Last weekend AT&T advised wireless customers, who have the unlimited data plans, that it plans to begin slowing down its most active smartphone users.
Once October comes around the top 5% of AT&T data users in any given billing period, will be subjected to reduced access speeds. Multiple notices will go out and an initial grace period will be observed, after that the data will be slowed down inevitably, until the end of the billing cycle, when the entire process plays itself out again.
AT&T is not the only company saying good bye to unlimited data plans. Rival Verizon initiated a similar policy this year, just as it was introducing Apple’s iPhone.
It may seem that this is fair on the surface. Why should a few data hogs bog down the surfing experiences for many? However, there is something wrong about having an asterick attached to an unlimited data plan.
Where’s the uproar?
If a buffet operator cut off 5% of its heartiest eaters from making another run at the carving station, there would be a groundswell of criticism. If an amusement park manager made 5% of its most active riders stand in longer lines, it wouldn’t sit well, not just among coaster enthusiasts.
Why aren’t more people complaint about is taking place with the countries two largest wireless telephone carriers?
The obvious rebuttal is that consumers do have choices, at least after their two-year cellular contracts are up, if they don’t want to deal with stiff early termination fees. We can let the free market decide. If these moves send more customers to Sprint or smaller carriers, AT&T and Verizon will have to change their data-shackling ways.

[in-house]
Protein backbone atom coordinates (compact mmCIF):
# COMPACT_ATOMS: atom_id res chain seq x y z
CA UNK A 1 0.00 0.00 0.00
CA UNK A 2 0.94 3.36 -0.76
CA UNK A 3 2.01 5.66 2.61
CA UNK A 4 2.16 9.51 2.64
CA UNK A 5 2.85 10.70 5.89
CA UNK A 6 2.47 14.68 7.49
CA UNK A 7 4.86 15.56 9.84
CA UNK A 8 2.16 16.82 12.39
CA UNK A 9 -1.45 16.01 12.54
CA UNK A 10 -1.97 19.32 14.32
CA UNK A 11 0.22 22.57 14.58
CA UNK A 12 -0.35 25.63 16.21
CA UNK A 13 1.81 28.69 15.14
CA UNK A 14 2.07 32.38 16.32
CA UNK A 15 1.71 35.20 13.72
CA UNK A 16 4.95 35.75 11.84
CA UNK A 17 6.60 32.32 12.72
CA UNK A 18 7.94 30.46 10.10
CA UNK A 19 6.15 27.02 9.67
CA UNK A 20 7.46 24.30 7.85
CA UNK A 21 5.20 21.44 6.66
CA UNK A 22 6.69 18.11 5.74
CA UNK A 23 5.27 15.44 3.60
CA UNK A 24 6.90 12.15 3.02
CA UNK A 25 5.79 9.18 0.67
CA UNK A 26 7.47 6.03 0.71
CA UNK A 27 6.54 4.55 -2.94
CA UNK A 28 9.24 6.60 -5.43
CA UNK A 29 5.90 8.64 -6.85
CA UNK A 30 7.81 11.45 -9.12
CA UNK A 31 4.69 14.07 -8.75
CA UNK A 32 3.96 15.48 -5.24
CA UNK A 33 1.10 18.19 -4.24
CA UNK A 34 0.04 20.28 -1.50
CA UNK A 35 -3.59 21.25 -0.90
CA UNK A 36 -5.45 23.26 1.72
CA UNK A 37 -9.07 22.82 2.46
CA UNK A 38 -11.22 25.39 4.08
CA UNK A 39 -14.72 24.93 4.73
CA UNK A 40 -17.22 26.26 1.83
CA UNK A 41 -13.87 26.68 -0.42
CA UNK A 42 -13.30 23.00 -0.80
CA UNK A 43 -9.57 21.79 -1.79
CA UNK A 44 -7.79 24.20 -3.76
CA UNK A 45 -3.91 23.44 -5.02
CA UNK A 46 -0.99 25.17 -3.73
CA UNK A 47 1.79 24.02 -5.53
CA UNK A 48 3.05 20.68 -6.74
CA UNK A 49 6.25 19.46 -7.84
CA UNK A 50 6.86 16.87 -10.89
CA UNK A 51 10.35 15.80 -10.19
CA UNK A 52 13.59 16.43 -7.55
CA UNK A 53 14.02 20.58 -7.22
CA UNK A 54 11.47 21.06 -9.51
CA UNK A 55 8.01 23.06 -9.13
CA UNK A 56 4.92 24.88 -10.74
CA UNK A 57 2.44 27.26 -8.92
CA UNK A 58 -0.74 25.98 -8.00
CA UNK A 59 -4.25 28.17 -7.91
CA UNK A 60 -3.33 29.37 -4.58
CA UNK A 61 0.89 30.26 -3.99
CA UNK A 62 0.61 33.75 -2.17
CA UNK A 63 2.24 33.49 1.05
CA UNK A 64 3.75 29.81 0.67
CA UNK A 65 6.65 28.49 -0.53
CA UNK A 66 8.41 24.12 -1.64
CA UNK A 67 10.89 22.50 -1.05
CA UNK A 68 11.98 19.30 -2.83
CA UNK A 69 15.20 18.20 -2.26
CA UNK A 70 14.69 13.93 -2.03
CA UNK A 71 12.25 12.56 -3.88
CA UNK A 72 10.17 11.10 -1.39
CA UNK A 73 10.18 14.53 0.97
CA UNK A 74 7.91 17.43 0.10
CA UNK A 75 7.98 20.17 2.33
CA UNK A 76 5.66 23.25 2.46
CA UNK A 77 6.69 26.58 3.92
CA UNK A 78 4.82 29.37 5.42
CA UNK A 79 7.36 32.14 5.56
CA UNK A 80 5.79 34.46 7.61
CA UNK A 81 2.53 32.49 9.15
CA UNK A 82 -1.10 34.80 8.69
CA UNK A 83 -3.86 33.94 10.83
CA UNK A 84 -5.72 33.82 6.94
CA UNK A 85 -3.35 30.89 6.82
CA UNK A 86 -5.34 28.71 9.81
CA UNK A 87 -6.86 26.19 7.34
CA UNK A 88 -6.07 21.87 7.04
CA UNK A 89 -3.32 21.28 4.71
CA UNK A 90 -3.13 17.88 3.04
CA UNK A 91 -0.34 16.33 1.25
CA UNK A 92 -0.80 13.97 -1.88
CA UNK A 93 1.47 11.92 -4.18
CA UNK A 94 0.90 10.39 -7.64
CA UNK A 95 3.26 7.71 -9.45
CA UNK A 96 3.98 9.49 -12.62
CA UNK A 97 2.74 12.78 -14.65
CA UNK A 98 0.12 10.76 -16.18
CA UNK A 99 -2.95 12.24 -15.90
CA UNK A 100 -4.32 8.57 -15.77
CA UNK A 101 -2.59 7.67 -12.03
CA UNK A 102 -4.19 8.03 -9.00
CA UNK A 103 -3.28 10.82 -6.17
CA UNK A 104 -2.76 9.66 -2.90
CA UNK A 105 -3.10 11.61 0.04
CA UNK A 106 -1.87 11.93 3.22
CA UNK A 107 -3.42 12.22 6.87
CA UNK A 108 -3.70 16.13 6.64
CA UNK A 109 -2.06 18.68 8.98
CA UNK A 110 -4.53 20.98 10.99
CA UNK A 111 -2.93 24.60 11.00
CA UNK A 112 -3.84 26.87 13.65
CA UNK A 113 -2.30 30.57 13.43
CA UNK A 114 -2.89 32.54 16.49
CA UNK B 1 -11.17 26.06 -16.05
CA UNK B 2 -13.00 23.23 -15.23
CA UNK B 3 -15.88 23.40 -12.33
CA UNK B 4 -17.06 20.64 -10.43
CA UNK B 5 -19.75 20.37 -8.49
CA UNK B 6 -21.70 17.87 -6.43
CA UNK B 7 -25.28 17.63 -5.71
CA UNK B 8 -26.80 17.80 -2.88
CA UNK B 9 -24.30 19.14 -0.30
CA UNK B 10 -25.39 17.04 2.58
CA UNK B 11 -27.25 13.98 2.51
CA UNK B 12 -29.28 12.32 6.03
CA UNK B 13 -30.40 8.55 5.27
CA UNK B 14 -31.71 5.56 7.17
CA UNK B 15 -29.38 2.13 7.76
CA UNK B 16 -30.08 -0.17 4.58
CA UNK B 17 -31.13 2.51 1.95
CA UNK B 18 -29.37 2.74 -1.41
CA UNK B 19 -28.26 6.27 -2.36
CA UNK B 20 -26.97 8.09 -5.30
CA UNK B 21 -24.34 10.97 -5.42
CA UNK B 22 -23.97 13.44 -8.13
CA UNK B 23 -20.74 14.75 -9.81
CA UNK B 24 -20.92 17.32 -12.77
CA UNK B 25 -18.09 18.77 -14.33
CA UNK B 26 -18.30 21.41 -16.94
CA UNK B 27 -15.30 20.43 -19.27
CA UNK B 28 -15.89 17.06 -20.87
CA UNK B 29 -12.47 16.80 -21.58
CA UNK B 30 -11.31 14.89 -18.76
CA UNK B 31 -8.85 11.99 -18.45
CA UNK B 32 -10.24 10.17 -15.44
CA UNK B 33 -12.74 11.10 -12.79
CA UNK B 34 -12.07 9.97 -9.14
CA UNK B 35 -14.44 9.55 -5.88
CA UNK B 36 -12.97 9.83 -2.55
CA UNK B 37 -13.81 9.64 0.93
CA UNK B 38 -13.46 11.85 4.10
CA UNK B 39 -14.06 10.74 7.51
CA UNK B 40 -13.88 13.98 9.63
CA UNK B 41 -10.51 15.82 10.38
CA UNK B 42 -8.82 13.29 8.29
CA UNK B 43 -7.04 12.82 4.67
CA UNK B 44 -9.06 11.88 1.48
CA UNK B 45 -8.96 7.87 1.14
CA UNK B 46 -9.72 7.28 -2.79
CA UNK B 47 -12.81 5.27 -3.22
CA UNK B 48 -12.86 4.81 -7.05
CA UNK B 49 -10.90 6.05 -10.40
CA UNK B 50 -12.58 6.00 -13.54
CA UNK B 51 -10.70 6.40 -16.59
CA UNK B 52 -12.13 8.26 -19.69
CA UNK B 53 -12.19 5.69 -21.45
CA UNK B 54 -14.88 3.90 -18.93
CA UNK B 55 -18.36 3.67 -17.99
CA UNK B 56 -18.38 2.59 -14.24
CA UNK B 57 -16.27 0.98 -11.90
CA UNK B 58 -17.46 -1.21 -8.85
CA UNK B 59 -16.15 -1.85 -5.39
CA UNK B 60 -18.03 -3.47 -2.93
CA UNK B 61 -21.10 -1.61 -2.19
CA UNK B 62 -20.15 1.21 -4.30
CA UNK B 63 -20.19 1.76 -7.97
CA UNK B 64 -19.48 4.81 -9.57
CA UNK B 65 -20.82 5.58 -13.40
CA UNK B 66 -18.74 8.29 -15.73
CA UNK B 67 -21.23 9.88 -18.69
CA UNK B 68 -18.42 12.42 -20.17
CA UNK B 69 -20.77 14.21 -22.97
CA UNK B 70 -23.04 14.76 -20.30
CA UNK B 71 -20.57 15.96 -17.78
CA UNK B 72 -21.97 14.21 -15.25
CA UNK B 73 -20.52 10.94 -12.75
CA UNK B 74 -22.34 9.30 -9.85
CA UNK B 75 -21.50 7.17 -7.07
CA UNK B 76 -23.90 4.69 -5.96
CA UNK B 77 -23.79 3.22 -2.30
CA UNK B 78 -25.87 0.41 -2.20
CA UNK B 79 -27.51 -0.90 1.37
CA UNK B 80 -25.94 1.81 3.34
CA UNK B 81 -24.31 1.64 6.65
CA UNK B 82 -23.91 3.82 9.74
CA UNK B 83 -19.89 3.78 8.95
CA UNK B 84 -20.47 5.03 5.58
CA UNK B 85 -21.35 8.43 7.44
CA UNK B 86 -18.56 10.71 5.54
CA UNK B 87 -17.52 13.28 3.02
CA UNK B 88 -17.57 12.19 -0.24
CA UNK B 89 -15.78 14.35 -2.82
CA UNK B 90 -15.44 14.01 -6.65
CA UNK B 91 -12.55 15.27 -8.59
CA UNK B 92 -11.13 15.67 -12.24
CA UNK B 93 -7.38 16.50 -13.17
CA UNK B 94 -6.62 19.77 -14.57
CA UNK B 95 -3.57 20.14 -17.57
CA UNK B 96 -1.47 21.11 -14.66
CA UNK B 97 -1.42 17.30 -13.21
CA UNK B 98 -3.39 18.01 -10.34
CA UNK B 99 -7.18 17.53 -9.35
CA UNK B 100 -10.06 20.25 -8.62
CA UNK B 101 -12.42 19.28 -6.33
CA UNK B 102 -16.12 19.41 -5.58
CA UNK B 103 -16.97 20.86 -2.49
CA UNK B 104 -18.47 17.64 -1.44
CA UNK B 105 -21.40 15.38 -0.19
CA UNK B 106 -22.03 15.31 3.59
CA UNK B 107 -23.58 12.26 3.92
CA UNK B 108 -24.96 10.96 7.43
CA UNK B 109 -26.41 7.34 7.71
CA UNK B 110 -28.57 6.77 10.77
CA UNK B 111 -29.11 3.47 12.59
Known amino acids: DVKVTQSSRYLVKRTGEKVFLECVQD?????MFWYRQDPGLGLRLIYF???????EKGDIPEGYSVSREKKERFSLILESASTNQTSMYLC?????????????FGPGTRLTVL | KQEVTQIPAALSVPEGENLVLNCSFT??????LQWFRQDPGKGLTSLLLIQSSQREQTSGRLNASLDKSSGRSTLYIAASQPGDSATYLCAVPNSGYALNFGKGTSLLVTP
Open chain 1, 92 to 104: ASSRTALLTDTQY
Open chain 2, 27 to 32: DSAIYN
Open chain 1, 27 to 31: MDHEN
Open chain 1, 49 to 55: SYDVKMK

It gets worse.
New AT&T customers do not even have the option to go with the new plan that was just announced. AT&T stopped offering unlimited data plans to first time buyers of smartphone users last summer. These changes apply to older users of AT&T wireless accounts. As long as they stick with AT&T they can continue to upgrade their phones with the now-restricted unlimited data plan.
Watch out Cable you’re next.
It’s not just wireless that are moving toward tiered data plans, internet and cable providers are doing the same thing, to beef up their networks to handle the uptick in traffic.
Comcast the country’s largest cable company, began experimenting with usage caps on its popular broadband access service three years ago. Smaller players have followed suit.
Even AT&T has moved to cap the same “unlimited” wired and Wi-Fi
connectivity that it was telling smartphone users to rely on so they wouldn’t have to be on its mobile meter. It decided earlier this year to top out its originally unlimited DSL
data plans at 150 gigabytes of monthly usage. Its U-Verse
broadband television customers get maxed out at 250 gigabytes a month.
The ceilings may seem high, but have you checked your consumption habits lately? More media and dot-com giants continue to crank out compelling streamed content. More home theater devices make the video streaming process seamless. Pandora and other music-discovery sites are making it more popular to stream music through mobile devices.
You may not be a data hog now, but you may want to feel for the beginnings of a pig tail in a year or two.
You’ll be missed, unlimited data plans. The Internetrevolution won’t be the same without you.